We believe that Amazon stock (NASDAQ: AMZN) is currently a better pick over UPS stock (NYSE: UPS), given its better prospects. AMZN stock is trading at a marginally higher valuation of 1.8x trailing revenues, compared to 1.5x for UPS. This slight gap in valuation can partly be attributed to Amazon’s superior revenue growth, as discussed below. Looking at stock returns, UPS, with a -17% return this year, has fared better than AMZN stock, down 47%. This compares with -17% returns for the broader S&P500 index over this period. There is more to the comparison, and in the sections below, we discuss why we believe AMZN stock will offer better returns than UPS stock in the next three years. We compare a slew of factors, such as historical revenue growth, returns, and valuation, in an interactive dashboard analysis of UPS vs. Amazon: Which Stock Is A Better Bet? Parts of the analysis are summarized below.
1. Amazon’s Revenue Growth Is Better
- Both companies posted revenue growth over the recent quarters. Still, Amazon’s revenue growth of 9.7% over the last twelve months is slightly better than 7.1% for UPS.
- Even if we look at a longer time frame, Amazon fares better, with its revenue rising at an average growth rate of 26.6% to $469.8 billion in 2021, compared to $232.9 billion in 2018, while UPS’ sales grew at an average growth rate of 10.8% to $97.3 billion in 2021, compared to $71.9 billion in 2018.
- For UPS, revenue growth over the recent years was driven by shelter-in-place restrictions during the pandemic, resulting in e-commerce growth, aiding its ground shipments. However, this trend is now cooling off, slowing delivery volume growth. For perspective, UPS saw a 14.5% rise in ground average daily package volume in 2020, but the growth slowed to 1.6% in 2021. For the nine months ending September 2022, the average daily package volume was down 3.5% y-o-y.
- Amazon’s revenue growth over the recent years was also driven by shelter-in-place restrictions and the spread of the Covid-19 virus, resulting in e-commerce growth. While this trend is cooling off, Amazon has more revenue streams, including online and physical stores, third-party seller services, subscription services, advertising services, and amazon web services (AWS) that aid its top-line growth.
- Furthermore, despite the current headwinds, the 2022 holiday shopping season appears to be off to a reasonably strong start, with consumers spending $107.7 billion online through November 28, reflecting 8.7% growth y-o-y.  This should bode well for Amazon.
- Our UPS Revenue Comparison and Amazon Revenue Comparison dashboards provide more insight into the companies’ sales.
- Looking forward, Amazon’s revenue growth over the next three years is expected to be better than UPS’. The table below summarizes our revenue expectations for the two companies over the next three years. It points to a CAGR of 16.2% for Amazon, compared to a 6.3% CAGR for UPS, based on Trefis Machine Learning analysis.
- Note that we have different methodologies for companies that are negatively impacted by Covid and those that are not impacted or positively impacted by Covid while forecasting future revenues. For companies negatively affected by Covid, we consider the quarterly revenue recovery trajectory to forecast recovery to the pre-Covid revenue run rate. Beyond the recovery point, we apply the average annual growth observed in the three years before Covid to simulate a return to normal conditions. For companies registering positive revenue growth during Covid, we consider yearly average growth before Covid with a certain weight to growth during Covid and the last twelve months.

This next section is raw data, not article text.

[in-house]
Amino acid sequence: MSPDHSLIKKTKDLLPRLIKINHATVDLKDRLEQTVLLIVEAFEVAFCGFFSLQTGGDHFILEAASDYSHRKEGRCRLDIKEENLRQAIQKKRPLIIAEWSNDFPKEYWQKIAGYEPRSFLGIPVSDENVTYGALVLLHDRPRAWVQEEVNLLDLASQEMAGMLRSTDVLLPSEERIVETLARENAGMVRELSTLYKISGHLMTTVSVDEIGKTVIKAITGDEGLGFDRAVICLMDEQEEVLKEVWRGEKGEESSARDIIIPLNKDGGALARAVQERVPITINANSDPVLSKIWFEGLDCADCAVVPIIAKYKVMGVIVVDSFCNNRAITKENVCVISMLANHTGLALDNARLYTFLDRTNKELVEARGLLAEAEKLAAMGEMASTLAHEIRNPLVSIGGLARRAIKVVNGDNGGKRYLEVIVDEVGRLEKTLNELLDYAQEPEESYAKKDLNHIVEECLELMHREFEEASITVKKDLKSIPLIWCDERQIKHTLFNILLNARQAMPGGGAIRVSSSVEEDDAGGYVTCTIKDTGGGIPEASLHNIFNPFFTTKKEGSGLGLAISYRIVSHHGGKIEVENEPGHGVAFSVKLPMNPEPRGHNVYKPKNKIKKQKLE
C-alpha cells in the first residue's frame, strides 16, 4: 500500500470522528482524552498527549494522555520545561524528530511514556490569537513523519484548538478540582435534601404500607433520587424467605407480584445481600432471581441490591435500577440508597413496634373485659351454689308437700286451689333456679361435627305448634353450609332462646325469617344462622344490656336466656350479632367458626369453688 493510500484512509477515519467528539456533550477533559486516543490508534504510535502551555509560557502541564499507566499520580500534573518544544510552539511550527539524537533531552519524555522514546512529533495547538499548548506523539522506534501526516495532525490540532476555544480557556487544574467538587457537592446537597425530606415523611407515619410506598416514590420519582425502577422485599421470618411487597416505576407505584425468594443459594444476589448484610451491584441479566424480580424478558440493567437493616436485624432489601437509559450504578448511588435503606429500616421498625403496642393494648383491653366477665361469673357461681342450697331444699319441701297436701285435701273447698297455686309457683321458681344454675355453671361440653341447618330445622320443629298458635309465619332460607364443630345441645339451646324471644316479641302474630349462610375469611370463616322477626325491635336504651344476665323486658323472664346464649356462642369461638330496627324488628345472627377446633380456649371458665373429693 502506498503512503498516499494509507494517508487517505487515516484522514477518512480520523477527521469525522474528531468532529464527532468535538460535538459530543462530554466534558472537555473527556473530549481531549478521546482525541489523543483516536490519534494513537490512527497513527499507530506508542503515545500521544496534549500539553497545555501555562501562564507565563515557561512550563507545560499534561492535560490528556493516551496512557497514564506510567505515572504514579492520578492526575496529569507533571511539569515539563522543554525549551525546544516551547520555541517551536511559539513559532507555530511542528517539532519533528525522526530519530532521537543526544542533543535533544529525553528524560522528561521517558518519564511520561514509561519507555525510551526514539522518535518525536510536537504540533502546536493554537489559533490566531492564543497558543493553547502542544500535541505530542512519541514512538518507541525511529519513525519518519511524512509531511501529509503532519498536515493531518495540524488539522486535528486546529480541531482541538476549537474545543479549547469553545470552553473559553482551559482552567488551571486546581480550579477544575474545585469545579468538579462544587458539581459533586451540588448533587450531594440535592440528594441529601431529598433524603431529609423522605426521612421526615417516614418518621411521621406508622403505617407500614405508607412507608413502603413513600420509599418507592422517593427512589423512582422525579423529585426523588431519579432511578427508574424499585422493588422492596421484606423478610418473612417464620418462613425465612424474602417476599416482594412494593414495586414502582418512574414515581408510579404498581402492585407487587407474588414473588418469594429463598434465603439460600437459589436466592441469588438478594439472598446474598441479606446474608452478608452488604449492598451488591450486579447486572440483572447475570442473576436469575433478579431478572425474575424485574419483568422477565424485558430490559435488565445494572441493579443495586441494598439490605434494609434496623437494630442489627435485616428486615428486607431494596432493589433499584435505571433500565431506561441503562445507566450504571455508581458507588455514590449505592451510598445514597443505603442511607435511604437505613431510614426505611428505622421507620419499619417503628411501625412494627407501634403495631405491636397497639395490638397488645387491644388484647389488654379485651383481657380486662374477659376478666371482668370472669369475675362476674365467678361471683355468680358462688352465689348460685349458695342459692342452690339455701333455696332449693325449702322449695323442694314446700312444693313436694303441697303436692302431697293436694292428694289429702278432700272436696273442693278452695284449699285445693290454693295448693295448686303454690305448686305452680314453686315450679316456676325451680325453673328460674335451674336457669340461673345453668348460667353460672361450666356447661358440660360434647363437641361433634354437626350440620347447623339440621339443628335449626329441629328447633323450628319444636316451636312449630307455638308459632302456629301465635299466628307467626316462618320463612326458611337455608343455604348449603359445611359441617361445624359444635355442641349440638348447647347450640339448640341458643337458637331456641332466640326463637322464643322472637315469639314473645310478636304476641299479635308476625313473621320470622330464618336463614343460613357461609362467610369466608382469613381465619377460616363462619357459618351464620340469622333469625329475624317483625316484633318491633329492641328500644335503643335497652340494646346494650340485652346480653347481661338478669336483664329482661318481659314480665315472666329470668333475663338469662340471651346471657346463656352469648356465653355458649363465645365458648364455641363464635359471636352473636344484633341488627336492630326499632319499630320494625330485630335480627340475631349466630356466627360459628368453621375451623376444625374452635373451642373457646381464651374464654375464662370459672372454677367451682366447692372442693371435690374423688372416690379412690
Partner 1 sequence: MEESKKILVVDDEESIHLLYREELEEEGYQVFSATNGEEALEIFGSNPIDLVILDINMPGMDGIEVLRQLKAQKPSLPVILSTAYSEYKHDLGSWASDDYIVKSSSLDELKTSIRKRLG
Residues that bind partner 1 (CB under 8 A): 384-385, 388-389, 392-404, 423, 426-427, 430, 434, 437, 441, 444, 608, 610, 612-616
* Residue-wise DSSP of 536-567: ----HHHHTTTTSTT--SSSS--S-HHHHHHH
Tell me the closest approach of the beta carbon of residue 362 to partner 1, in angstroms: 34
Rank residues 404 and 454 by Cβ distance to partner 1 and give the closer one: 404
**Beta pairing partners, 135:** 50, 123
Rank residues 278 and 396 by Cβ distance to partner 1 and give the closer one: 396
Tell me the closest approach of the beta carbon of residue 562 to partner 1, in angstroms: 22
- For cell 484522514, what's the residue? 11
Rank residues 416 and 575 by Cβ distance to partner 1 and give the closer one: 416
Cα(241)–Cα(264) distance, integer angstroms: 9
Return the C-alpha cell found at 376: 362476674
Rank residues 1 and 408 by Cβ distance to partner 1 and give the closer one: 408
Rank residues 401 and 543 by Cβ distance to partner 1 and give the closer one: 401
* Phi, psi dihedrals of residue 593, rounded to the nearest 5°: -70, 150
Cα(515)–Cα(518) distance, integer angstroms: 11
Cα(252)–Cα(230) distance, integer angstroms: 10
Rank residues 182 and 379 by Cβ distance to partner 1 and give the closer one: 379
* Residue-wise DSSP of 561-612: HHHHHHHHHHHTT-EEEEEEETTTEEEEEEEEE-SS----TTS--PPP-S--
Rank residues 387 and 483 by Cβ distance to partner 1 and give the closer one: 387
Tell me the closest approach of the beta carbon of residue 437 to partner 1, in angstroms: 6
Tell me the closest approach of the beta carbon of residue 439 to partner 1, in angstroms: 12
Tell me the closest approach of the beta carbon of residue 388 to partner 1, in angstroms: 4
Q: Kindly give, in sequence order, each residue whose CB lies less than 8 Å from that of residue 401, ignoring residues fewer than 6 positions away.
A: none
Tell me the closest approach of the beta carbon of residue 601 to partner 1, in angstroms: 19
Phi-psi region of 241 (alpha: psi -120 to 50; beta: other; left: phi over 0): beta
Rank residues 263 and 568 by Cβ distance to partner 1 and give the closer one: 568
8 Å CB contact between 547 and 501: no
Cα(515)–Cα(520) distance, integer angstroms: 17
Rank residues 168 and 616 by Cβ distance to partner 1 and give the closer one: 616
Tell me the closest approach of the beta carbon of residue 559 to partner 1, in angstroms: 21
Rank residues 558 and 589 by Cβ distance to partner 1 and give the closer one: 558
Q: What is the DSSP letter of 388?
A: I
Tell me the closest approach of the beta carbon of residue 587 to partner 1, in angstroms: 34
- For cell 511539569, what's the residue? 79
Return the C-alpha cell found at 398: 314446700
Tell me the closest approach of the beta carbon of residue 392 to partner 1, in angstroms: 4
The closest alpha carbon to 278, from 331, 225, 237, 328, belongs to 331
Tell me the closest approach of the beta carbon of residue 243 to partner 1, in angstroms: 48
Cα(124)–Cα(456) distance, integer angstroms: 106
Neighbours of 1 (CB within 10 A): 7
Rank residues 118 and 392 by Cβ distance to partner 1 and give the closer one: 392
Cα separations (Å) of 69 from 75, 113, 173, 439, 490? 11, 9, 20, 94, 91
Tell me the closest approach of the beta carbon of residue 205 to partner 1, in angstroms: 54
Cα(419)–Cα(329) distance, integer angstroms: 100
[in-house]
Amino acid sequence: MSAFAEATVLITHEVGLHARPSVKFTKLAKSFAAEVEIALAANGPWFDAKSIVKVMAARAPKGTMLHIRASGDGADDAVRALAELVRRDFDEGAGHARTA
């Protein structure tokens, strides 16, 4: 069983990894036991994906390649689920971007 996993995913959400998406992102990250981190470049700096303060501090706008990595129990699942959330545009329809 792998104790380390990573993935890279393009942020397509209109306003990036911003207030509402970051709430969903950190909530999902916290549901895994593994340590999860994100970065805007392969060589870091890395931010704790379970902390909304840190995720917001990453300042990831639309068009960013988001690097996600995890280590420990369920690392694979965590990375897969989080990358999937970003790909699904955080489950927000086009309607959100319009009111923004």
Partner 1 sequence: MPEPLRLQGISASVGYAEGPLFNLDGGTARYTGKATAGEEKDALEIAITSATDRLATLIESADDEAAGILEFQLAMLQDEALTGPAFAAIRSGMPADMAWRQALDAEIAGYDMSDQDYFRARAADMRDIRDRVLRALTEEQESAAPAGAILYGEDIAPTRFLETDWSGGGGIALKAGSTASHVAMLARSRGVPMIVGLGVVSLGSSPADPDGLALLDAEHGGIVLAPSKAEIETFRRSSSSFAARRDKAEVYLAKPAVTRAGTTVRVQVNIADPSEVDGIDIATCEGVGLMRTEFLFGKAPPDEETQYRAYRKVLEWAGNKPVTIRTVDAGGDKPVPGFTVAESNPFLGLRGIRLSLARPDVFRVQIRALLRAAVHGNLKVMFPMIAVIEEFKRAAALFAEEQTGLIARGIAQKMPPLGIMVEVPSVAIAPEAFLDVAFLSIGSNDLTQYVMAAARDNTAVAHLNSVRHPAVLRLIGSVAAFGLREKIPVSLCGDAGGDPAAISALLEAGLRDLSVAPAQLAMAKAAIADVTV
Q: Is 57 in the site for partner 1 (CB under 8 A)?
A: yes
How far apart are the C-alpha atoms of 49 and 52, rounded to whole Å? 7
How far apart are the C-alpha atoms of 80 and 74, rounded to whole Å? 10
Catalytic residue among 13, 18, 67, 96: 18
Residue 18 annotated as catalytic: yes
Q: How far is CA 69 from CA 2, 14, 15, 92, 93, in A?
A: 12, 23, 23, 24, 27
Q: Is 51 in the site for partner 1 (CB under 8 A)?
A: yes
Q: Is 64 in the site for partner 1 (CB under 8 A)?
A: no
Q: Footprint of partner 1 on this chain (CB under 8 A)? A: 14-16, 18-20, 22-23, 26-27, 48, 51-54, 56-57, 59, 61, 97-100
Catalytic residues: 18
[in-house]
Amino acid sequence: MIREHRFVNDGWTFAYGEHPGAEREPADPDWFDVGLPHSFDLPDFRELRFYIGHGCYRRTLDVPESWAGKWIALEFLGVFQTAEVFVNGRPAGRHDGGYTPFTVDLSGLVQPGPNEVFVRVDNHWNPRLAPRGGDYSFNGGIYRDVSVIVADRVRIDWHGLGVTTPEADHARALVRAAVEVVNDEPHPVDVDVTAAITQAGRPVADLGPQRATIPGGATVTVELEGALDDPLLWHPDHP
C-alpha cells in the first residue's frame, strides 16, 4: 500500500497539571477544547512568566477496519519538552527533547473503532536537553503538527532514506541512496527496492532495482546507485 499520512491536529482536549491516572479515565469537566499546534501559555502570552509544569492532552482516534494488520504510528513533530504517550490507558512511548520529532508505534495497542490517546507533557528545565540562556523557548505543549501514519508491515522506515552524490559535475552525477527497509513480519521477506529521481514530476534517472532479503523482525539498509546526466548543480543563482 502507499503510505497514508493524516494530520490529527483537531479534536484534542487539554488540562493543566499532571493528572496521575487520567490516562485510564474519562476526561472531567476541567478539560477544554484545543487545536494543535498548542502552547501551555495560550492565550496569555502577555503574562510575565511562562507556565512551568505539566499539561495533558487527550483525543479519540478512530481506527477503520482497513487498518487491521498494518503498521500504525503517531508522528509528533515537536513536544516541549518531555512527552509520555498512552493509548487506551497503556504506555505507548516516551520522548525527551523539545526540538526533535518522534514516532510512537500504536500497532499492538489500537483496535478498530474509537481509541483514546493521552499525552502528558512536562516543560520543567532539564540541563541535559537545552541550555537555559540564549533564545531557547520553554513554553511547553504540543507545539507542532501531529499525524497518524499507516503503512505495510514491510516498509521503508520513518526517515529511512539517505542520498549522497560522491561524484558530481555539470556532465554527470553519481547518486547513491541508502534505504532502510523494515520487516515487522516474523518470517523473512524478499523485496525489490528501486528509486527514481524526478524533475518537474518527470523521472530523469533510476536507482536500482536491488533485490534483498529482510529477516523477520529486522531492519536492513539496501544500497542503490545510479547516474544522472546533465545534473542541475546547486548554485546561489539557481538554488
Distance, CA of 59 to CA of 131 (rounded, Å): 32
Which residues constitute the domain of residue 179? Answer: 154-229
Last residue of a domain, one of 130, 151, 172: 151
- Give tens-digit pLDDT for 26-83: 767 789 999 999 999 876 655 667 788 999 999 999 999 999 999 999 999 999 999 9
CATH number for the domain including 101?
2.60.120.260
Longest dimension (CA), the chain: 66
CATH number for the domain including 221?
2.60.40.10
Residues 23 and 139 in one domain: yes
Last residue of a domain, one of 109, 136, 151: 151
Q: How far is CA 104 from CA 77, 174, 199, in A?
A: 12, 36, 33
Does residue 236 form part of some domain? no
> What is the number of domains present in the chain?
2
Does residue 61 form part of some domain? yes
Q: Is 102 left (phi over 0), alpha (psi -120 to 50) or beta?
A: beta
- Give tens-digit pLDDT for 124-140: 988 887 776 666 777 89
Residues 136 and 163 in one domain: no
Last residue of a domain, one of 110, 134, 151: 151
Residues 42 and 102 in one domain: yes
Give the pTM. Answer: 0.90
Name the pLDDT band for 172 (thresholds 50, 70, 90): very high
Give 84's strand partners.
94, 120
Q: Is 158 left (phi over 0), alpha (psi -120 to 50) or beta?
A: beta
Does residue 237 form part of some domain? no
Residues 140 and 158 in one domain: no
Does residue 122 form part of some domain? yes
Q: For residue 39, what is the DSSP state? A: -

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2. UPS Is More Profitable
- UPS’ operating margin of 14.3% over the last twelve-month period is much better than just 3.0% for Amazon.
- This compares with 11.4% and 5.8% figures seen in 2019, before the pandemic, respectively.
- UPS’ free cash flow margin of 13.9% is also better than 7.9% for Amazon.
- Our UPS Operating Income Comparison and Amazon Operating Income Comparison dashboards have more details.
- Looking at financial risk, UPS’ 13.2% debt as a percentage of equity is higher than 6.4% for Amazon, while its 16.4% cash as a percentage of assets is higher than the 13.7% for the latter, implying that Amazon has a better debt position and UPS has more cash cushion.
3. The Net of It All
- We see that Amazon has demonstrated better revenue growth and has a better debt position. On the other hand, UPS is more profitable and has more cash cushion.
- Now, looking at prospects, using P/S as a base, due to high fluctuations in P/E and P/EBIT, we believe Amazon is currently the better choice of the two.
- The table below summarizes our revenue and return expectations for both companies over the next three years and points to an expected return of 10% for UPS over this period vs. a 53% expected return for Amazon, implying that investors are better off buying AMZN over UPS, based on Trefis Machine Learning analysis –UPS vs. Amazon – which also provides more details on how we arrive at these numbers.
Furthermore, the Covid-19 crisis has created many pricing discontinuities, which can offer attractive trading opportunities. For example, you’ll be surprised at how counter-intuitive the stock valuation is for FedEx vs. Amerco.
With inflation rising and the Fed raising interest rates, among other factors, UPS stock has fallen 17% this year. Can it drop more? See how low UPS stock can go by comparing its decline in previous market crashes. Here is a performance summary of all stocks in previous market crashes.
|S&P 500 Return||-4%||-17%||76%|
|Trefis Multi-Strategy Portfolio||-3%||-20%||216%|
 Month-to-date and year-to-date as of 12/12/2022
 Cumulative total returns since the end of 2016